True Father figure

Nicole Daughhetee

Nicole Daughhetee

Life As I Know It

By Nicole Daughhetee

My brain is so analytical in nature. I’ve often thought (and I certainly don’t mean for this to sound arrogant or pretentious) that being intelligent has its downfalls, because one can think things to death.

Faith can be a challenge at times because the human mind can think of so many best- and worst-case scenarios for any given equation in life, and yet there is that one variable in the equation that the human mind, no matter how intelligent, cannot fathom: God, in all of His infinite purpose, wisdom, grace, love, truth and possibility.

I have wanted, needed, craved love from a man my entire life. I don’t blame my father or hold this against him; it simply is what it is and there is research and anecdotal evidence to solidify the unequivocal and undisputable fact that girls need to have fathers in their lives. The absence of one in mine (and my grandpa did his best to fill in those gaps for me in the best way he could) made me long for approval from men; I hungered for unconditional love and acceptance; tenderness and gentility; I have always needed to be genuinely “wanted” because I felt like my father never wanted me.

My birth marked the beginning of the end of my parents’ decade-long marriage. My Mom had had to have a cystic ovary removed in her early 20s. She wanted so badly to have a child and my parents tried, but gynecologists told my mom she could never have children.

I think my dad put the thought aside and went on living his day-to-day life while my mom fervently prayed for a miracle. They had been married for 10 years when my mom found out she was pregnant. She was elated. I can’t say for certain how my dad felt. I only know how events unfolded from this point.

Three years after I was born, we were living in Missoula, Mont., and my dad came home one day, told my mother he didn’t love her anymore and he thought it would be best if she packed up her life and mine and moved us back to Miami.

I can’t imagine how devastating that must have been for her, because prior to that one snapshot in time, she had everything she had ever dreamed for her life. She was a nurse and had a job doing what she loved; my parents were in their first official house home (as opposed to apartment dwelling); she had a husband she loved and the baby girl for whom she had prayed for years and years (my mom has always referred to me as a miracle from God).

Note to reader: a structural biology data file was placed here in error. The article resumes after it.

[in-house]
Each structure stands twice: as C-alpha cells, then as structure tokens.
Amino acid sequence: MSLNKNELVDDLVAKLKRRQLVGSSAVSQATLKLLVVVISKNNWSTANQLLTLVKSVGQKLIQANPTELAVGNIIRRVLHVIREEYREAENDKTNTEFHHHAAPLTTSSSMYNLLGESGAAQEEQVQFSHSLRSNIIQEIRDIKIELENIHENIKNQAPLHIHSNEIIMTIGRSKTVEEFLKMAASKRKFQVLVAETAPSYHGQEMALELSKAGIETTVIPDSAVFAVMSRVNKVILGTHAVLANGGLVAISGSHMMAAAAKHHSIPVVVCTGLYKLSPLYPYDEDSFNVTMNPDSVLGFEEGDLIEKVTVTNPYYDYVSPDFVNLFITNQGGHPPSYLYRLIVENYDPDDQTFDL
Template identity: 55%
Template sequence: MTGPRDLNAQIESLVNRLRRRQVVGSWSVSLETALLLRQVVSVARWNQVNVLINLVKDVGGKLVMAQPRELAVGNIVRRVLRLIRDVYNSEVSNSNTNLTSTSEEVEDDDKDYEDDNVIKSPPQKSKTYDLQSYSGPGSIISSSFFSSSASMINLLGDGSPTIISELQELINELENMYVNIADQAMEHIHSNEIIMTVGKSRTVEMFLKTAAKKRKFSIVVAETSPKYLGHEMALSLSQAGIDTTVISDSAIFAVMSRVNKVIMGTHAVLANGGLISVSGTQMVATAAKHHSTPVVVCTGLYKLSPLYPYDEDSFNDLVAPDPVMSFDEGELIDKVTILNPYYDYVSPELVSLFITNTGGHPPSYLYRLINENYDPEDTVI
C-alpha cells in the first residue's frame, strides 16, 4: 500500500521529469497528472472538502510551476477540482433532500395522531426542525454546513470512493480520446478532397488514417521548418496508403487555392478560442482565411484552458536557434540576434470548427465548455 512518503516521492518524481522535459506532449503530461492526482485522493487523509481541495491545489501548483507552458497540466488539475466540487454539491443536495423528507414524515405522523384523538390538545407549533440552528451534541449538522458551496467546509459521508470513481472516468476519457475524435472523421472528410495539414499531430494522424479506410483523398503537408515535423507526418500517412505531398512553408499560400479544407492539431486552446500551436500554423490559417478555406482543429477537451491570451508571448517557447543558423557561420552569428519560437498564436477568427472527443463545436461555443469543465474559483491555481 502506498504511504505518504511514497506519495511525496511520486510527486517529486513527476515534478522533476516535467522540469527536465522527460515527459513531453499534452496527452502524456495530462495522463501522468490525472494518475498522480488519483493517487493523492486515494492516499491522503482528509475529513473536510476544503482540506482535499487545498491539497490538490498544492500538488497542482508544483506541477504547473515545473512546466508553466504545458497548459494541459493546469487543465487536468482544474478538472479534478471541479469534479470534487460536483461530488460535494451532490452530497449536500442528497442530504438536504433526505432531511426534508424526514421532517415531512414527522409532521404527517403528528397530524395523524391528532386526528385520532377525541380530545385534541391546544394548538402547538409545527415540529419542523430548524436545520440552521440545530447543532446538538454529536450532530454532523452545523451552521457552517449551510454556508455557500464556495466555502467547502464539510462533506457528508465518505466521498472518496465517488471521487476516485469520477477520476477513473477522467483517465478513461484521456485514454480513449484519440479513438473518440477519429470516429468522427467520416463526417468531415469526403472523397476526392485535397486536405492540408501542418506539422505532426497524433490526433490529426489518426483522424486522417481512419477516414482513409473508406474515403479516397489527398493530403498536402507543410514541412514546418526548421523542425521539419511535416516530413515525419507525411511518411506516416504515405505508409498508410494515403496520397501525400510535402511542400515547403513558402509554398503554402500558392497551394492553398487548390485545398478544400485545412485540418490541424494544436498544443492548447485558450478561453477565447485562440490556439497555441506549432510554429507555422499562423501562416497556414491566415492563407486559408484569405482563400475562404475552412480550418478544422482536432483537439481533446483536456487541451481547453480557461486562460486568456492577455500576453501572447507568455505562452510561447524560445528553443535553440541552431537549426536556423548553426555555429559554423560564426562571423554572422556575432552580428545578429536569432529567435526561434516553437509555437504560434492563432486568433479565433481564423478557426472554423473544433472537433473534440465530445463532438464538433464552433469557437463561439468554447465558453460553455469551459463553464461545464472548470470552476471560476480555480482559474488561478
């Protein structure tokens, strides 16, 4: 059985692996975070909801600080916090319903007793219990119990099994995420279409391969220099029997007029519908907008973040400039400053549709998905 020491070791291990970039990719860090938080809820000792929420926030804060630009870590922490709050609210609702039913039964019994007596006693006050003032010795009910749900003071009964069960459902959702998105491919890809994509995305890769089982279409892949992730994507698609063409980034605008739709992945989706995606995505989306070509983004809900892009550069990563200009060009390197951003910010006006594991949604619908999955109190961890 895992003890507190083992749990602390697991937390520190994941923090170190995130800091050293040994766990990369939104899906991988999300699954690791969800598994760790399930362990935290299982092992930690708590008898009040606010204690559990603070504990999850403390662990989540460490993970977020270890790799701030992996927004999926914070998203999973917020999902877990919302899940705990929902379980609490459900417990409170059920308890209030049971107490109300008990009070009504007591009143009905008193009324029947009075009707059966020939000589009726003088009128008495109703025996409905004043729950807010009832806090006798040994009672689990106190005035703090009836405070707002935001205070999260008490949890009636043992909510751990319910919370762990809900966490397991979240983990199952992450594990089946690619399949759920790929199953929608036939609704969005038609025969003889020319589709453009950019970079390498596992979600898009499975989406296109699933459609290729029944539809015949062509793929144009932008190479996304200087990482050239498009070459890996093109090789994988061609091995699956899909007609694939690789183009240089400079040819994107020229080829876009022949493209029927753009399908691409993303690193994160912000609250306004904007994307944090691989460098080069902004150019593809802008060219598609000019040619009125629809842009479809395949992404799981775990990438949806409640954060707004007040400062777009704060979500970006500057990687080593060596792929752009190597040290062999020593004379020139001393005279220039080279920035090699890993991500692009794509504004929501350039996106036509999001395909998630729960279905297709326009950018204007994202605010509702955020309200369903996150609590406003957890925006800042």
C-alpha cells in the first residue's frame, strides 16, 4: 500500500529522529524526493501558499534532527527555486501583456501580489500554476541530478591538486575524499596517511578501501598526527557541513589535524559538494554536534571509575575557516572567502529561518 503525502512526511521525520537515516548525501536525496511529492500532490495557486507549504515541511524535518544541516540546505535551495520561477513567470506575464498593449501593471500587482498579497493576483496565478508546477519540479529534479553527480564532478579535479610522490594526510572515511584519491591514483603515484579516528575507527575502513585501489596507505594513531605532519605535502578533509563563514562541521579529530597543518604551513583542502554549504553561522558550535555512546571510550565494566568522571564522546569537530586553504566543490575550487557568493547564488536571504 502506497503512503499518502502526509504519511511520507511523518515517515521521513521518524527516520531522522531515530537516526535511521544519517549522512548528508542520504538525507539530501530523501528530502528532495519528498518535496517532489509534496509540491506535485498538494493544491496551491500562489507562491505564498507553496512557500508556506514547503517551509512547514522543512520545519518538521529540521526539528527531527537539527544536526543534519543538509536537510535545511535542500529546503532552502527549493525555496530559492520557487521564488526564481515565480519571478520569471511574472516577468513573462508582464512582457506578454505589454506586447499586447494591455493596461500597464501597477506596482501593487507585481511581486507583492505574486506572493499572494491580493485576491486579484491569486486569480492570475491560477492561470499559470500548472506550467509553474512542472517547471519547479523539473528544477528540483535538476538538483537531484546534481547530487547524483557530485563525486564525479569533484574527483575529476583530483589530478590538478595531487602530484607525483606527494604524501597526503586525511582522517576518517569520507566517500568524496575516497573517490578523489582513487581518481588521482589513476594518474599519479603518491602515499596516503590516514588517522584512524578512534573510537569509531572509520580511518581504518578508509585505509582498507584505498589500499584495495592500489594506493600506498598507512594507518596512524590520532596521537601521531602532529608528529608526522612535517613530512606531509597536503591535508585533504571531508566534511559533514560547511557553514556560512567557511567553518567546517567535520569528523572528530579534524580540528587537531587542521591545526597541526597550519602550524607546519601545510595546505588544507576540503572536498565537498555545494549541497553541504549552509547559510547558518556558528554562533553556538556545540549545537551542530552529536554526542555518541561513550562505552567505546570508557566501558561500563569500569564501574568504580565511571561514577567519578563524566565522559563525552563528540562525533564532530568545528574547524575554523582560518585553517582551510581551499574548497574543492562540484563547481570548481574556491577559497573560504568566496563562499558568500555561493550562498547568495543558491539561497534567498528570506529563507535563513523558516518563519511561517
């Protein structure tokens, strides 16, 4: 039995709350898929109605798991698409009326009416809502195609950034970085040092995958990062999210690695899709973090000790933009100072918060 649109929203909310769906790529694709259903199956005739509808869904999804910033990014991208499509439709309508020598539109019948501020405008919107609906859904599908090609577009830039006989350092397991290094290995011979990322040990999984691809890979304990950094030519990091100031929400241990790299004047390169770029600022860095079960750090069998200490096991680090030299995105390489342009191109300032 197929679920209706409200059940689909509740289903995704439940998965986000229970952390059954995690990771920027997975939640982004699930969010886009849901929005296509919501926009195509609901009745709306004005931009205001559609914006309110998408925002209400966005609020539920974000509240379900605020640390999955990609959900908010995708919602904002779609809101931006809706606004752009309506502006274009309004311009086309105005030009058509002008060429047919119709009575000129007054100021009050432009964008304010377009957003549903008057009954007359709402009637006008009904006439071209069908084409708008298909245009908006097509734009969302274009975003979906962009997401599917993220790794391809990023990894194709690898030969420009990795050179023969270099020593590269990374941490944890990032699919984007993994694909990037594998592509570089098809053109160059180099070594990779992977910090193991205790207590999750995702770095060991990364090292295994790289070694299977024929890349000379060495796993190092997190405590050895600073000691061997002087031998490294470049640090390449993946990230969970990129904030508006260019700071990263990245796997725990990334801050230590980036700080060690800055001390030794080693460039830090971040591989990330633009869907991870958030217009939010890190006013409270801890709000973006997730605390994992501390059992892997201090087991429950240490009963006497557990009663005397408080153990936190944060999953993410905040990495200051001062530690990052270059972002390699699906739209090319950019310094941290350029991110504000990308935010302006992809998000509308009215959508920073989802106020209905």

In an instant a key component of that dream was annihilated.

She packed us up and we moved back to Miami. Growing up, I saw my dad once a year for one or two weeks in the summer. I always dreaded those visits because I didn’t know my father, and having to be torn from the safety of my home, my mom, the only support and stability I knew was anxiously agonizing for me. My dad never “got it.”

I love my father because he is my father; but he was never a dad to me. What felt like indifference toward me, as his daughter, perpetuated a void in my life that I desperately wanted and tried to fill with not-so-good relationship after not-so-good relationship.

There is a part of my heart reserved for the Dad I always wanted, and I know this space will remain empty for the rest of my life; and while it doesn’t get smaller with time, it has softened and become less painfully hollow. The defining difference for me has been God and not only knowing, but genuinely feeling that while my earthly father has not been the man of my dreams, my Heavenly Father has loved and accepted me without condition before I was ever even conceived.

Finally allowing myself to believe, accept and embrace this truth erased the panic and desperate need to have a man in my life to fill the hollow that has ached for too long. For the first time in my adult life I do not feel like I am in some frenzied and desperate need to fill a void or ache in my life because I have allowed the Lord to fill that with more unconditional love and grace than my dad could ever muster even under the best of circumstances.